Closing costs encompass the various fees for the services and expenses required to finalize a mortgage. They typically amount to 2% to 5% of the loan principal. You will have these costs whether you buy a home or refinance. Although most closing costs fall on the buyer, the seller has to pay a few as well such as the real estate agent’s commission.
Closing Cost Breakdown
Knowing and understanding how closing costs work and what they cover will help you budget accordingly to ensure a smooth transaction in the final stages of buying a home.
Buying a home is more than just paying a down payment and getting mortgage approval.
Realtor Estelia Mesimer advises buyers of the importance of knowing and understanding closing costs to avoid last minute surprises at the time of closing the deal.
Here is a list of some of the typical fees associated with the purchase of a home.
The appraisal fee pays for a licensed professional to determine what the home is worth before a lender will extend a mortgage offer. Estimating the market value of a single-family home will typically range from $300 to $450 and more for a larger home.
Home inspection fee
Before a bank lends you hundreds of thousands of dollars, the bank wants to know that the house is structurally sound and safe to live in. The results of a home inspection can give the buyer some leverage to negotiate the sale price. If severe problems are discovered, you might have the option to back out of your contract if you cannot come to an agreement with the seller on how to fix those issues. Home inspections cost approximately $300 to $500.
Credit report fee
A credit report fee is what the lender charges to check your credit score and obtain a credit report. The fee is $25 or more per individual borrower on the loan.
Mortgage origination fee
Lenders sometimes charge a fee for initiating the loan. It can range up to about $125.
Loan application fee
Some lenders charge a fee of several hundred dollars to process the application.
If you are buying other than a new property, lenders will send someone to search local property records for the title of the home to make sure there are no issues with ownership or liens. The fee is around $450.
Lenders require obtaining title insurance in case there are issues with ownership after the sale. This protects the lender and the cost is usually 0.50 percent to 1 percent of the loan amount. The homeowner may wish to purchase title insurance to protect their financial interest in the property at an additional cost.
Some homes have an assumable mortgage. This means that the loan can be transferred from the current owner to the subsequent one. The interest rate and terms stay the same on an assumable mortgage. If you are assuming a mortgage, you can expect to pay a variable assumption fee based on the balance of the loan.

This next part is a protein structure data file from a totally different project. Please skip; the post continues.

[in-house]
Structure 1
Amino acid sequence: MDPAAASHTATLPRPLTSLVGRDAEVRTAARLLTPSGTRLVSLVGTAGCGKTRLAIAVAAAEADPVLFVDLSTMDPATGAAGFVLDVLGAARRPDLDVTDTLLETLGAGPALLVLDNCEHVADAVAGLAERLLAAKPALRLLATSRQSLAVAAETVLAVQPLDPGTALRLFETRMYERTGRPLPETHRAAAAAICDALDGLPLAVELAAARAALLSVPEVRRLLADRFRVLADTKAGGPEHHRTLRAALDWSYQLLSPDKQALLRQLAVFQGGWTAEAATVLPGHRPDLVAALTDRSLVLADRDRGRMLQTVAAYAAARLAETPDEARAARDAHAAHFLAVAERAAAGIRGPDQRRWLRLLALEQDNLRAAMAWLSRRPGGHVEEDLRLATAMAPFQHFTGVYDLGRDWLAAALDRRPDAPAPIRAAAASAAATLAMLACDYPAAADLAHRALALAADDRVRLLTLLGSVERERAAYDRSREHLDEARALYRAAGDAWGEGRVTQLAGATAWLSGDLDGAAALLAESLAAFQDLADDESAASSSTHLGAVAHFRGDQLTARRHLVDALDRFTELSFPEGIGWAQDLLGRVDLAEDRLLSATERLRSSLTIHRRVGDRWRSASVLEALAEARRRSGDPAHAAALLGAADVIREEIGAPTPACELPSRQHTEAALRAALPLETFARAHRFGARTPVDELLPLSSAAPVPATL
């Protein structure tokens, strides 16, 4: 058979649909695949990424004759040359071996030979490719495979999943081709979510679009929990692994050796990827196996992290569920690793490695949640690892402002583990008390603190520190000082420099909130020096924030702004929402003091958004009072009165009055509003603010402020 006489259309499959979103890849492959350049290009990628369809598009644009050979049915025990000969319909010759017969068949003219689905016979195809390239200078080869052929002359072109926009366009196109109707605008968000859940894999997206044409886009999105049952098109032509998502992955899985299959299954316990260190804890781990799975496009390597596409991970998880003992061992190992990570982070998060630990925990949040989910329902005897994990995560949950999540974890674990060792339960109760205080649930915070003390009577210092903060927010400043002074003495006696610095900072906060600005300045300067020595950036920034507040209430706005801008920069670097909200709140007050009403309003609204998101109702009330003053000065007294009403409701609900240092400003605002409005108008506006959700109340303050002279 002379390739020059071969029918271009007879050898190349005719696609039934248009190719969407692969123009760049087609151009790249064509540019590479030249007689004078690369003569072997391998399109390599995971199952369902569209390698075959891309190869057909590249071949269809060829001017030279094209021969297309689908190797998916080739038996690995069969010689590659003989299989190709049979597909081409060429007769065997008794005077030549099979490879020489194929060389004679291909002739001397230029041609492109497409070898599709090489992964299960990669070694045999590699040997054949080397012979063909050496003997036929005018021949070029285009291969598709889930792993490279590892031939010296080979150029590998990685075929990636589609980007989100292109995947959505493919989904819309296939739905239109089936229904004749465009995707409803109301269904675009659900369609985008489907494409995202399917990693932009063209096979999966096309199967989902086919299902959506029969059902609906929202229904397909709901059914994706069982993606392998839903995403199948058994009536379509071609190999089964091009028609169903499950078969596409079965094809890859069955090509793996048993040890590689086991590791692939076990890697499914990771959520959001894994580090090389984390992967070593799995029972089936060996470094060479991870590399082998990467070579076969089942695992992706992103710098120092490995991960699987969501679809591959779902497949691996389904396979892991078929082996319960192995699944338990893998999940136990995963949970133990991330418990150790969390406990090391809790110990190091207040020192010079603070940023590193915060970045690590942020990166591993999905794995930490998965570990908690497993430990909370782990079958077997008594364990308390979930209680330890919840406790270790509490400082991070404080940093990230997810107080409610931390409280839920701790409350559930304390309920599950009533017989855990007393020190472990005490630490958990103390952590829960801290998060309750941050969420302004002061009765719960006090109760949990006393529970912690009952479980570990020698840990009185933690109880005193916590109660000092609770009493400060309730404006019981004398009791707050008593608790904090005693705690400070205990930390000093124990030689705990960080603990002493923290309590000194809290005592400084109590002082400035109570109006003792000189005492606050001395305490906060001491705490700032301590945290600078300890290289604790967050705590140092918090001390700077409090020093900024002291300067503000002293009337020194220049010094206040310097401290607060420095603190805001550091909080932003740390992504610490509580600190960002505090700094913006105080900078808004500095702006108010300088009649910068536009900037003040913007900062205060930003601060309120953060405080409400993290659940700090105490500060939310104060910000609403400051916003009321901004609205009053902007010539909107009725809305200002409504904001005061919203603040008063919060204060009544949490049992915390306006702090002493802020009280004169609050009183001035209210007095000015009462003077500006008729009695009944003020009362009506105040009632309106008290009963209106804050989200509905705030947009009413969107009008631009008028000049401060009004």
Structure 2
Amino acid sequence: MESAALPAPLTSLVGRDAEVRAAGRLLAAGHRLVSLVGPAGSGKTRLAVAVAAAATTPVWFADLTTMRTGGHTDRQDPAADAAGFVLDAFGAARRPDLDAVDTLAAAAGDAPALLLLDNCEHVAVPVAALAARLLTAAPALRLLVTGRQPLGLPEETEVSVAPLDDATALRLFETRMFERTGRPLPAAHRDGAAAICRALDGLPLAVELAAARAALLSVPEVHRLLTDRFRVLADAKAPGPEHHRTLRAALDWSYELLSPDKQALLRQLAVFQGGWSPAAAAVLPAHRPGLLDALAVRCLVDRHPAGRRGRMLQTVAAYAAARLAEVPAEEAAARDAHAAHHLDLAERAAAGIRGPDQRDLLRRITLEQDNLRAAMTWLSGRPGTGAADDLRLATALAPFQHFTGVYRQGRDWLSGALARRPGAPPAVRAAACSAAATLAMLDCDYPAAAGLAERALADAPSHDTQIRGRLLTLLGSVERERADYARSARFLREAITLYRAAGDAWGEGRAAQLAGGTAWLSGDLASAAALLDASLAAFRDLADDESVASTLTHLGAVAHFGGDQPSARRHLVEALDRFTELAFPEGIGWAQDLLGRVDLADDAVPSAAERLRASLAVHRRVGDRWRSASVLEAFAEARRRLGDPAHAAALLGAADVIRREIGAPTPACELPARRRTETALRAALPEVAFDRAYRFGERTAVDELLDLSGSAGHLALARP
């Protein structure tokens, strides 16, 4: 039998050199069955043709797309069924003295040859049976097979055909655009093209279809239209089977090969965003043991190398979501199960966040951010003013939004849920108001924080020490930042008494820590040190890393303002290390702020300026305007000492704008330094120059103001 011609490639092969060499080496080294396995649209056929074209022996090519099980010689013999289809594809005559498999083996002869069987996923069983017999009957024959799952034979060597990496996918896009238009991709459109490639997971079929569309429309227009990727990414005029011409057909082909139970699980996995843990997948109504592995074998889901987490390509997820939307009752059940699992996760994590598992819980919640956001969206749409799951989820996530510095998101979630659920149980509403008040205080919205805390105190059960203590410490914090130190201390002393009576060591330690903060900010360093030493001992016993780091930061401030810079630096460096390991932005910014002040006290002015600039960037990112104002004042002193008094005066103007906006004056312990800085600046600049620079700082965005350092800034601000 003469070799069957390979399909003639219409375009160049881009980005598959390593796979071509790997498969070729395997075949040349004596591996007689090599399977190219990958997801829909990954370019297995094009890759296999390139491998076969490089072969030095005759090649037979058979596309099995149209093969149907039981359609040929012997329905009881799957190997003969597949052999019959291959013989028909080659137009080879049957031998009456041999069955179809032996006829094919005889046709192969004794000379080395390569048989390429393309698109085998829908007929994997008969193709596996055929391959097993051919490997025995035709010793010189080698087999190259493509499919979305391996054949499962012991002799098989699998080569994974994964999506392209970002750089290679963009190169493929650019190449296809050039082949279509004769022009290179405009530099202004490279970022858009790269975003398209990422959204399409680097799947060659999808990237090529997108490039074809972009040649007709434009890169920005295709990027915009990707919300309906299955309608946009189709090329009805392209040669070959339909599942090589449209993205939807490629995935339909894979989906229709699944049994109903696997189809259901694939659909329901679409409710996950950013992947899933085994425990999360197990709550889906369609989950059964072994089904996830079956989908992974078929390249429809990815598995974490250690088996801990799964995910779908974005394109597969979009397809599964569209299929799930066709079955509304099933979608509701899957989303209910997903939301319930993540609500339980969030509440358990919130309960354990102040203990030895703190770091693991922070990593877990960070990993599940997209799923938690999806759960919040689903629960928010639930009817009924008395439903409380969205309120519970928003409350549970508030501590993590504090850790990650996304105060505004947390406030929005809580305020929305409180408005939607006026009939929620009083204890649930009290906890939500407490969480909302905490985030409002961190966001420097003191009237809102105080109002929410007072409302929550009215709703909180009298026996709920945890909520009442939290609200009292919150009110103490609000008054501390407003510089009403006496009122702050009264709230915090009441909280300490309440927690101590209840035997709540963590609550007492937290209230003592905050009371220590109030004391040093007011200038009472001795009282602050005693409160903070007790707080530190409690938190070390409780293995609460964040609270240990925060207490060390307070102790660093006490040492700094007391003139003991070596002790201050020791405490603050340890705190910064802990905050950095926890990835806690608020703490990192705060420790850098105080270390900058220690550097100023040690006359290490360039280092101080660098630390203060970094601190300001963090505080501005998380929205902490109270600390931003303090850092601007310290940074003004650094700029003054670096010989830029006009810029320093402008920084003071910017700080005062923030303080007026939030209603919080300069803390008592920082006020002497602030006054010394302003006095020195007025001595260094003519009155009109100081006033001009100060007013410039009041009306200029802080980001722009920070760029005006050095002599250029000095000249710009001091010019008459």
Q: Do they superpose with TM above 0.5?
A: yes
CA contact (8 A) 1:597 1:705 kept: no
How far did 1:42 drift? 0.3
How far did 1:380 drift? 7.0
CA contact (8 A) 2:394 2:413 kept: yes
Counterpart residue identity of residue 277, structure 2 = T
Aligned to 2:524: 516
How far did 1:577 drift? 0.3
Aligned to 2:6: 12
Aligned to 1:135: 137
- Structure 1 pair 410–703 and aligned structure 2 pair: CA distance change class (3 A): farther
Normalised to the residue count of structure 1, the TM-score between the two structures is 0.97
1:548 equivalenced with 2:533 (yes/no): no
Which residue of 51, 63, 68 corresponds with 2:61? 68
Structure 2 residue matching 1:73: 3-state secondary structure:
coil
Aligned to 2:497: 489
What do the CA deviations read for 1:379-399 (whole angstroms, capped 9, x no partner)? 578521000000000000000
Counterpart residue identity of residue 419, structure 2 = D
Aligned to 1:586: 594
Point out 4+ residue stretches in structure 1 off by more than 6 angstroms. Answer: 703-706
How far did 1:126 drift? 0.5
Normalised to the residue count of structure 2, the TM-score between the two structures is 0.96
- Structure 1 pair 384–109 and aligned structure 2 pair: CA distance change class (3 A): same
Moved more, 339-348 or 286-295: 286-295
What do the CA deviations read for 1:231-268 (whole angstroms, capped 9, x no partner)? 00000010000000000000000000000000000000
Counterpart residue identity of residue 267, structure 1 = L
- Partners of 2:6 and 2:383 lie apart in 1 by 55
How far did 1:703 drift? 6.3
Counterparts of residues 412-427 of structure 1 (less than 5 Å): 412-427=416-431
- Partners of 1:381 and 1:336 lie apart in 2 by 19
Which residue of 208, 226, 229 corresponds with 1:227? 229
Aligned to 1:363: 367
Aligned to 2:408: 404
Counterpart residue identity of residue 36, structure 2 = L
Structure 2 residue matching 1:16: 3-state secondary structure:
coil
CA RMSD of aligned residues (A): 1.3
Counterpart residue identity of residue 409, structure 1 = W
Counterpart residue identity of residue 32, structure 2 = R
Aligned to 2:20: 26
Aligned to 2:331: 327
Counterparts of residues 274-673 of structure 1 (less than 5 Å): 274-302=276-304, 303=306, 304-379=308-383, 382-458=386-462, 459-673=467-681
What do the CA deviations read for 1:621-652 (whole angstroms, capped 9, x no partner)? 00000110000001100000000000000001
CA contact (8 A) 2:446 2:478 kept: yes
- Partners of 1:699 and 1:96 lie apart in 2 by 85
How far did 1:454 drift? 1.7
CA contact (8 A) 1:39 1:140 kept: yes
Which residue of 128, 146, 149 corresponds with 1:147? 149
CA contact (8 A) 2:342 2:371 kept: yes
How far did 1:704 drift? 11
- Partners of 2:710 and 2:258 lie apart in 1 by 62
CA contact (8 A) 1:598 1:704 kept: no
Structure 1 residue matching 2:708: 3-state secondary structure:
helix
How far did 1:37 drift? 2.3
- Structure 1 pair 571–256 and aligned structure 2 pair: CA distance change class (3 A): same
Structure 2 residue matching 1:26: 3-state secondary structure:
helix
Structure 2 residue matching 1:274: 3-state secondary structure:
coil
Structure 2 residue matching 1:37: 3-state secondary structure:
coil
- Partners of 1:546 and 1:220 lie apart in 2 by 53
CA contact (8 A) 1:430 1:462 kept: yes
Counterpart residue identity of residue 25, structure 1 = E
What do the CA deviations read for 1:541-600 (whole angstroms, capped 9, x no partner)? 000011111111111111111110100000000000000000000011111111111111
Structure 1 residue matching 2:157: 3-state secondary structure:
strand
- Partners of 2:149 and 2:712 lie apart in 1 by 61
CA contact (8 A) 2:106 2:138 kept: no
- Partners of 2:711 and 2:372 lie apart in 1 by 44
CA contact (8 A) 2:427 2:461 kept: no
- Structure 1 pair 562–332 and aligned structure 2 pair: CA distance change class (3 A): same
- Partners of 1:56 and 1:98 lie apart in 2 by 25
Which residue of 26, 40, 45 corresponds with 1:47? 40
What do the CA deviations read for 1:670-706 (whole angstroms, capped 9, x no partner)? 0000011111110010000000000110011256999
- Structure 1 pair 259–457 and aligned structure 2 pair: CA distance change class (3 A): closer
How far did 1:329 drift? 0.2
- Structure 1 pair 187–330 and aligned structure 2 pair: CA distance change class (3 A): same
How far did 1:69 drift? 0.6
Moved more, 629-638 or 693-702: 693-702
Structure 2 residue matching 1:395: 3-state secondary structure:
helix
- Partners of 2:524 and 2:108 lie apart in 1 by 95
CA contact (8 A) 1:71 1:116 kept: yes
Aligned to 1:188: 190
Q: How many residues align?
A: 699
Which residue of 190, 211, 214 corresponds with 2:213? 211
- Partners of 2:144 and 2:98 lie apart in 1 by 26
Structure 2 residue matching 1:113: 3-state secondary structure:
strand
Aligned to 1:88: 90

Interest accrues on mortgage loans between the settlement date and the due date of your first monthly payment. Lenders typically require the buyer to pay the interest accrued during this time. The cost of prepaid interest fees will depend on the size of your loan.
It is common for buyers to pay two months’ worth of property taxes at the closing. These cover both city and county taxes. The amount of tax paid depends on the value of the property, your income, household status, and local government rates.
Homeowner’s insurance premium
Most lenders will require the buyer to purchase a home insurance policy before the settlement is finalized. This keeps you protected in case of damage, vandalism, burglary and more. If the property has an HOA fee, the association might include insurance premiums in the monthly dues. So if you’re buying a condo or other property with an HOA, be prepared to pay those dues upfront as well.
Real estate commission
Real estate commission fees are split between the buyer’s agent and the listing agent. Commissions can range from 5% to 8% of the sale price, but 6% is the industry standard.
The commission fees are almost always paid by the seller, unless otherwise negotiated.
Title transfer fees
This fee is commonly paid by the seller and legally transfers the seller’s property rights to the buyer. Title transfer fees vary by region, but it is usually a fixed amount per every $1,000 of the sales price, such as $5 or $7.50.
St. Petersburg’s property tax rate to remain the same in 2020
In July 2019, the St. Petersburg City Council unanimously voted to set the rate at no higher than $6.76 in tax per $1,000 of assessed, taxable value for 2020. That rate is the same as this year, and has remained unchanged since 2017. A homeowner with a house assessed at $250,000 with $50,000 in homestead exemptions would pay $1,352 in city taxes.
Bottom Line: There are serious costs and fees that come with the purchase of a house and can cost an extra 2% to 5% of the home purchase price. For answers to all your real estate questions, call The Mesimer Team today!
Closing a Florida Residential Real Estate Transaction
Closing on Florida Real Estate: Buyer’s Documents at Closing
7 Step Guide to Buying Property in Florida, by Lisa and Lee Mirman
St. Petersburg Communities
Greater Pinellas Point
Historic Old Northeast
Historic Roser Park
Isla del Sol
If you’re interested in any of these of communities or live in one and are thinking of selling, talk to The Mesimer Team.